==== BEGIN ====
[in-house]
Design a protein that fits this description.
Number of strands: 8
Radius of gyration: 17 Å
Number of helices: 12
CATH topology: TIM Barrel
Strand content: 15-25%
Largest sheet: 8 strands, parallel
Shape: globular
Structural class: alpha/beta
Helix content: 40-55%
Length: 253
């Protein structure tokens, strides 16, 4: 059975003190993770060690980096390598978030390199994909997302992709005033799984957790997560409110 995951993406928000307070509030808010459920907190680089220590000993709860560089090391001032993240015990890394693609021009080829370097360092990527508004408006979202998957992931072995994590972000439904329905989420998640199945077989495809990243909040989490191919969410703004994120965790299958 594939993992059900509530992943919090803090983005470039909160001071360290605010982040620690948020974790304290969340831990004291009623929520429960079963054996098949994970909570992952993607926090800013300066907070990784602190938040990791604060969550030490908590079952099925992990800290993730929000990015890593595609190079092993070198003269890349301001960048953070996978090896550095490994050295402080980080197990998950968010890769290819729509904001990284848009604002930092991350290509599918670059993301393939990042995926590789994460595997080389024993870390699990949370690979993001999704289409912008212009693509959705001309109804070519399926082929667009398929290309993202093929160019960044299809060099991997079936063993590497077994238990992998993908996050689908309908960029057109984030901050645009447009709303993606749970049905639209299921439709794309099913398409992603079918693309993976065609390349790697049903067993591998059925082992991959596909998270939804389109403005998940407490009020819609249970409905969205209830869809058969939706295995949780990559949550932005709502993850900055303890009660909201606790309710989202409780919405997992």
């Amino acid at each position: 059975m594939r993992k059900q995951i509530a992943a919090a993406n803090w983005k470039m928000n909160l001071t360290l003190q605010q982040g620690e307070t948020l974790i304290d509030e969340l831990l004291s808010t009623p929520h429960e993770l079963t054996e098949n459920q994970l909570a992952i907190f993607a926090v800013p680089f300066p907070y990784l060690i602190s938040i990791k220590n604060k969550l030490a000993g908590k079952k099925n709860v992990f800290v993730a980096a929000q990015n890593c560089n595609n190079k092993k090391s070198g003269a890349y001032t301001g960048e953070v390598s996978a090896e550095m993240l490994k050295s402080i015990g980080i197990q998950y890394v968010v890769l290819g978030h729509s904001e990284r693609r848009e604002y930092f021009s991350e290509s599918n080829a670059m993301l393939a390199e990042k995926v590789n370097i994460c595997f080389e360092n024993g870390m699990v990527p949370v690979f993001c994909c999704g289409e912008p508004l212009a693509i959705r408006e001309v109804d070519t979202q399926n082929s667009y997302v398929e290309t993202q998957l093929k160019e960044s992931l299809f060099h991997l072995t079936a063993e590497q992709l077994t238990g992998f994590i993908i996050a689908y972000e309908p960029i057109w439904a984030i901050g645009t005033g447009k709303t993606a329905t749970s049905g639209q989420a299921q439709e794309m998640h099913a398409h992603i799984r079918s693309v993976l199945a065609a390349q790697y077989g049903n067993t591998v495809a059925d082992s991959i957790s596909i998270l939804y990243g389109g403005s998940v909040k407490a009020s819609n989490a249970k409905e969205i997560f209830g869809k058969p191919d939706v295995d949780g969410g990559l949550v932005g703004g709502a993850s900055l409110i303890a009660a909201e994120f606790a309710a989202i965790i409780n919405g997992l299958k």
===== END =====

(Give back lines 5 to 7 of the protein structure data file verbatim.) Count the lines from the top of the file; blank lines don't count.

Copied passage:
Number of helices: 12
CATH topology: TIM Barrel
Strand content: 15-25%